ATG Book of the Week: The Library Catalogue as Social Space: Promoting Patron Driven Collections, Online Communities, and Enhanced Reference and Readers' Services

by | Jul 25, 2012 | 0 comments

Title: The Library Catalogue as Social Space:Promoting Patron Driven Collections, Online Communities, and Enhanced Reference and Readers’ Services
Author: Laurel Tarulli
Paperback: 978-1-59884-629-4; $40; ebook: 978-1-59884-630-0; $40
Imprint: : Hershey, Pa. : Libraries Unlimited, 2012


Although focused on the public library, this title offers advice to all library professionals on taking “advantage of our strongest community and information tool—the library catalogue …in an online, socially connected world.”

“Author and collection access librarian Laurel Tarulli examines next-generation or “social” catalogues, discussing the theories and concepts behind them, their impact on core library services, and their potential in shaping future libraries and library services. Geared toward frontline and backroom staff, this book helps readers understand next-generation catalogues and see the collaborative opportunities that are possible between the frontline and backroom. Written to be much more than a “one-time” read, this resource book provides practical ideas for beneficial collaboration and implementation of social features in library catalogues.”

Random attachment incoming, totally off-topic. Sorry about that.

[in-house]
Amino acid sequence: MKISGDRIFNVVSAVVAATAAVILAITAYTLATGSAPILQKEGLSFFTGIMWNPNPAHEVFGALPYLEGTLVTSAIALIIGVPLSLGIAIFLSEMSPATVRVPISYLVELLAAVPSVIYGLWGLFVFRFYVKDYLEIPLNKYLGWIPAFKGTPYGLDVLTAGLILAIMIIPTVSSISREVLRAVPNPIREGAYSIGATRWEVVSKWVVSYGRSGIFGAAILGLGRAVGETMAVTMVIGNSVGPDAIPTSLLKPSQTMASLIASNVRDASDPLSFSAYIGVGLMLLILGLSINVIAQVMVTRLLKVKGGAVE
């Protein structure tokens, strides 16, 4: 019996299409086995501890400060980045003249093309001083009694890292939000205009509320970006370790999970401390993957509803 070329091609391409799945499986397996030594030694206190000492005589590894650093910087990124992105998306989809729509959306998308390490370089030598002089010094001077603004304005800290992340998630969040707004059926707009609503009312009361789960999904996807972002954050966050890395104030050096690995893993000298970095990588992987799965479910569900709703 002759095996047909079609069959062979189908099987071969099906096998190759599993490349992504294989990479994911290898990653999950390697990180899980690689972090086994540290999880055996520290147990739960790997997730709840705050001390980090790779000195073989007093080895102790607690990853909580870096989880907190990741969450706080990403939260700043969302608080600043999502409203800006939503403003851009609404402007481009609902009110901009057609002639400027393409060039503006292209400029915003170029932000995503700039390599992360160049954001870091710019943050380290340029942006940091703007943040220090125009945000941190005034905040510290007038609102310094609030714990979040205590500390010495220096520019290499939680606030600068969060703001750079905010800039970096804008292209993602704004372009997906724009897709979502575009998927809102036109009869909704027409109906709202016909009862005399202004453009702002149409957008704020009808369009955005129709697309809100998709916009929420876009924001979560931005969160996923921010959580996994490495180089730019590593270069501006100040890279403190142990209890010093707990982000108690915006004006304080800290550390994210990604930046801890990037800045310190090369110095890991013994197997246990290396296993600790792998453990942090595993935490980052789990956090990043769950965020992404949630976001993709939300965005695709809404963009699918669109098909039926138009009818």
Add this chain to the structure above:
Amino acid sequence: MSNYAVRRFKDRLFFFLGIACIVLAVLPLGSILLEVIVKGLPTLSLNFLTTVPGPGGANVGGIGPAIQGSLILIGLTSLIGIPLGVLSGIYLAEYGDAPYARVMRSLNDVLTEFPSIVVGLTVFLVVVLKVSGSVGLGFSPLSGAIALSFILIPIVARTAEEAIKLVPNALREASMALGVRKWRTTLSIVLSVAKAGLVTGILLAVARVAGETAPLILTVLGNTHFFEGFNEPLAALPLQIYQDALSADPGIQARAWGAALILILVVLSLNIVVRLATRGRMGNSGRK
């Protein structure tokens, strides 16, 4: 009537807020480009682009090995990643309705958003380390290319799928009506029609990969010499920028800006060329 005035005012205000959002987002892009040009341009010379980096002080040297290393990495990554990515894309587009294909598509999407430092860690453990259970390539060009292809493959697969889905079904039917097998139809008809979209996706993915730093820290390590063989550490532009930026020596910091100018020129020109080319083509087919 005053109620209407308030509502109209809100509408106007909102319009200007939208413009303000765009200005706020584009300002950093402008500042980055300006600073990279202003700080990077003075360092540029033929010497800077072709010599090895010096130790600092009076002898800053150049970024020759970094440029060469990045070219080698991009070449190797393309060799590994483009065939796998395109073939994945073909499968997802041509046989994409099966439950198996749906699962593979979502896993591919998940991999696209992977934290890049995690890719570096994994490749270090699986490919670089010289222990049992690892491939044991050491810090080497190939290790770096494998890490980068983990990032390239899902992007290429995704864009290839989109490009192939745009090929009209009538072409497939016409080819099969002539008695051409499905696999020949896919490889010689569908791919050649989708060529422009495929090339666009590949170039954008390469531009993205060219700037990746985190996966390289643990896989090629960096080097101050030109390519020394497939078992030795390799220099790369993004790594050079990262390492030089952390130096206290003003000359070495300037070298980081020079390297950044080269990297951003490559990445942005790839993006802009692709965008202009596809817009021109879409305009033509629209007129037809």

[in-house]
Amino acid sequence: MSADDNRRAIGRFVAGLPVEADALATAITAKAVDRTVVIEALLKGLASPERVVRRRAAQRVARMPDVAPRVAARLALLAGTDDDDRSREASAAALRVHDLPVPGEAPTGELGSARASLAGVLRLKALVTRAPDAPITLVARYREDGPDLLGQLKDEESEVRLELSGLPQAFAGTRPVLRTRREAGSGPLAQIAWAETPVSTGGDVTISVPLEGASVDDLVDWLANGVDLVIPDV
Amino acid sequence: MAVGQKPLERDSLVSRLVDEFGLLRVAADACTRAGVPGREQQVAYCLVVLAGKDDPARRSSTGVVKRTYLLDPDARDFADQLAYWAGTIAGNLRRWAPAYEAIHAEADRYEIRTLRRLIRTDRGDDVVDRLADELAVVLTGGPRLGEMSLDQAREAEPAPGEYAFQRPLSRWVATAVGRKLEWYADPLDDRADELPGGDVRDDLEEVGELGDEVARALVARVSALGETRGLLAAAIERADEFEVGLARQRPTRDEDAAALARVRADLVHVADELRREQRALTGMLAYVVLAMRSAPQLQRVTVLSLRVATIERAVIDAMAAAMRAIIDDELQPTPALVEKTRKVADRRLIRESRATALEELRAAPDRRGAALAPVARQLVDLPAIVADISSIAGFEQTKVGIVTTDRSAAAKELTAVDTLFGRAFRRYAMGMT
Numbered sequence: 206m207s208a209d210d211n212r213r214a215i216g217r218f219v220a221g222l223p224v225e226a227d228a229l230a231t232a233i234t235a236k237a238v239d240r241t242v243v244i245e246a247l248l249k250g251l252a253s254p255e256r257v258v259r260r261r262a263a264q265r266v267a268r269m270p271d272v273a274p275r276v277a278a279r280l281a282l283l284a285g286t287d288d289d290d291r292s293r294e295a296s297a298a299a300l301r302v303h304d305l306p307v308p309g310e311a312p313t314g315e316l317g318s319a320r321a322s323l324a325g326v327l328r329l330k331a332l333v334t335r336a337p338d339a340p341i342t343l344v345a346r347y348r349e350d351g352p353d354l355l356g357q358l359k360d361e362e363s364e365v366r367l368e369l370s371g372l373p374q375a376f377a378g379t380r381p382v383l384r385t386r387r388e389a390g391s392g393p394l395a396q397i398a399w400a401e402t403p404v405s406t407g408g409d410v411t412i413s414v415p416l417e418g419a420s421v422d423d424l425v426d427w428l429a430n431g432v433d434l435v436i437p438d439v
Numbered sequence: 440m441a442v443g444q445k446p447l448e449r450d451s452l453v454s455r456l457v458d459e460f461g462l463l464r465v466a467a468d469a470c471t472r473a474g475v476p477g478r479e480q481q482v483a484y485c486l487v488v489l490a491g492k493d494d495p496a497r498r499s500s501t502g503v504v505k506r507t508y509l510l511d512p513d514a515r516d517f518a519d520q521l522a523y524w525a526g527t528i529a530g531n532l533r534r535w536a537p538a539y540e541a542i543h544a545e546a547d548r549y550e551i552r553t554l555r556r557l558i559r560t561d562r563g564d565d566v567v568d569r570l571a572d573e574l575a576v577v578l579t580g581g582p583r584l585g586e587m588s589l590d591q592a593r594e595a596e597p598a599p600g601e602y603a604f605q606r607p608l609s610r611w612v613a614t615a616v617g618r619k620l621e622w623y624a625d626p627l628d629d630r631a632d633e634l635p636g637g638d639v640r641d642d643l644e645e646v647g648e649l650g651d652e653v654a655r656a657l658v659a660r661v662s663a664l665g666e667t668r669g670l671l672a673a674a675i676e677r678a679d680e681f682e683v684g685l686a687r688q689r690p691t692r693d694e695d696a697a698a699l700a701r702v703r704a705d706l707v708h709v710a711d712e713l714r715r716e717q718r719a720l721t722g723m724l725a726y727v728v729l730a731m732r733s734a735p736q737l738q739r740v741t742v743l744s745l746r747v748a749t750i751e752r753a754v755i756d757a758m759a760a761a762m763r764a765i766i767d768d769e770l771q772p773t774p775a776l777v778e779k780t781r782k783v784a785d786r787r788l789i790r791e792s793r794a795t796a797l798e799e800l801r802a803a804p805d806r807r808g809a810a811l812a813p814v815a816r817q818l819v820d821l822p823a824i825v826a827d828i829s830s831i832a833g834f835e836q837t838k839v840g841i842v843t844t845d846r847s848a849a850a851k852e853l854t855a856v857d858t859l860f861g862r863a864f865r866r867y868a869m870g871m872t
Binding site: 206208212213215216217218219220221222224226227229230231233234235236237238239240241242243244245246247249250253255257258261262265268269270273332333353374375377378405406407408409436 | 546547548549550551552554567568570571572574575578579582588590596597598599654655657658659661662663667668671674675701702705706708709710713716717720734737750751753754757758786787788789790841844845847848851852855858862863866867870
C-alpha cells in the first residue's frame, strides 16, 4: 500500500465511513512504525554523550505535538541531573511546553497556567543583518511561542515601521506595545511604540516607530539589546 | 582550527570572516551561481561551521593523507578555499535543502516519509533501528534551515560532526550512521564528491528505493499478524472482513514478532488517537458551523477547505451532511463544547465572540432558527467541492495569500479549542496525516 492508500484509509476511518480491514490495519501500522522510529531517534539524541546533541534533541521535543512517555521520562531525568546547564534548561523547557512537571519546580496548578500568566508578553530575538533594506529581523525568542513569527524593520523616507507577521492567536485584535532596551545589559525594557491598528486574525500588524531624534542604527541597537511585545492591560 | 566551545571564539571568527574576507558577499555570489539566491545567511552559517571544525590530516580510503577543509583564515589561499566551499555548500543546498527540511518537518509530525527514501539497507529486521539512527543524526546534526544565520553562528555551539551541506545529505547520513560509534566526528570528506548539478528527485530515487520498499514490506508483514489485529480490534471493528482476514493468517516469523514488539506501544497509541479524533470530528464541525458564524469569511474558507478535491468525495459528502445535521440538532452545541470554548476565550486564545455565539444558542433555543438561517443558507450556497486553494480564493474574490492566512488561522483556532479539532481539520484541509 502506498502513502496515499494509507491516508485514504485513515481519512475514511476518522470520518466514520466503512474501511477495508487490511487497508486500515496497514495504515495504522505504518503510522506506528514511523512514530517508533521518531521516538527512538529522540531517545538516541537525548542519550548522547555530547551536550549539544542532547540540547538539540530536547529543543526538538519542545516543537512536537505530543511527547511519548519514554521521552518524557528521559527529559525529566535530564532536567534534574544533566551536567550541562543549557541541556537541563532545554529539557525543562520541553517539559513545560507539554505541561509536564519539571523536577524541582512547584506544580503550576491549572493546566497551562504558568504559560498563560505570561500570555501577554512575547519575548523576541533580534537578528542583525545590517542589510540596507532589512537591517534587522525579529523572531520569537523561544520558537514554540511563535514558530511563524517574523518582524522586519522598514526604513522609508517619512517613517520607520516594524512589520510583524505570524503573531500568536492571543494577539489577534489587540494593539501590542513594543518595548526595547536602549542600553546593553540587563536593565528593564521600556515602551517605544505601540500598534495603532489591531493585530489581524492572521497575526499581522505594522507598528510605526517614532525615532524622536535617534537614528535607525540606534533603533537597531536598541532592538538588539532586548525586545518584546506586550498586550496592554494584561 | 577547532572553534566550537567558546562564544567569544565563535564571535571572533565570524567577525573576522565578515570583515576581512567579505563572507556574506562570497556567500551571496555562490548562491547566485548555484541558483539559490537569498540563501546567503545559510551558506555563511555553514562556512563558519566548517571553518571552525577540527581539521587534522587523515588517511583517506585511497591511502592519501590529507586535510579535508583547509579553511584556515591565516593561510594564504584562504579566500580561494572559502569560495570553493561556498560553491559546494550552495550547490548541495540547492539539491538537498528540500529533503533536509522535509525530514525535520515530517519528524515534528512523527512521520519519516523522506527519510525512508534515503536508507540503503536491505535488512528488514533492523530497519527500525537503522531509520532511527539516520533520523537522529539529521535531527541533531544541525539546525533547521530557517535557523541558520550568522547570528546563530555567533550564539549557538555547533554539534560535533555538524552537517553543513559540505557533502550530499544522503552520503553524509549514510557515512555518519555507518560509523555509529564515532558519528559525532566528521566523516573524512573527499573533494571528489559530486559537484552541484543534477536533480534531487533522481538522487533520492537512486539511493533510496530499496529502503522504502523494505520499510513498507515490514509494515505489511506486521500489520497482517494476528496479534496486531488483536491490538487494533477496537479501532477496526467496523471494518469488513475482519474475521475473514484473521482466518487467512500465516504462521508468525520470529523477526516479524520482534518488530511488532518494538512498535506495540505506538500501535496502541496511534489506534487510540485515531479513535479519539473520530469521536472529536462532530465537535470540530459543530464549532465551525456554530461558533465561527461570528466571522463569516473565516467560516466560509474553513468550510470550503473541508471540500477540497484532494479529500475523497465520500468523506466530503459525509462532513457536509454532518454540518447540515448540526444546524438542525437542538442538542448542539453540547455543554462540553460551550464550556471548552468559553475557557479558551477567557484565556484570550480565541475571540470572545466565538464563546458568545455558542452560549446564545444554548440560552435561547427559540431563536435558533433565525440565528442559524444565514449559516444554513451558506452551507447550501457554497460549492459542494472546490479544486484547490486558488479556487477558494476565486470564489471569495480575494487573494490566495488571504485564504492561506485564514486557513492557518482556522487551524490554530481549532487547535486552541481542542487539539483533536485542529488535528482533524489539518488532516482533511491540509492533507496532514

“If you are thinking about what to do with your catalog to make it more interactive and relevant, this book is for you. Recommended.” – Teacher Librarian

“Authored by the collection-access librarian at Halifax Public Libraries and author of the blog The Cataloguing Librarian, this work is organized into seven chapters, beginning with a discussion of the library catalog as a social space, followed by an exploration of “Next Generation” catalogs. Controversies and concerns surrounding these catalogs are next addressed, followed by readers’ services and the catalog, and the impact of social catalogs on traditional library services. Tarulli then discusses social features that can be attained without social catalogs, and she ends with a chapter on future directions of the library catalog. A bibliography and an index add to the scholarly value of this work. With the growing use of Web 2.0 by library patrons, integrating this technology into the catalog is the best way to reach patrons, and Tarulli helps both novice and seasoned librarians to achieve success in any library setting. –Sara Marcus – Booklist


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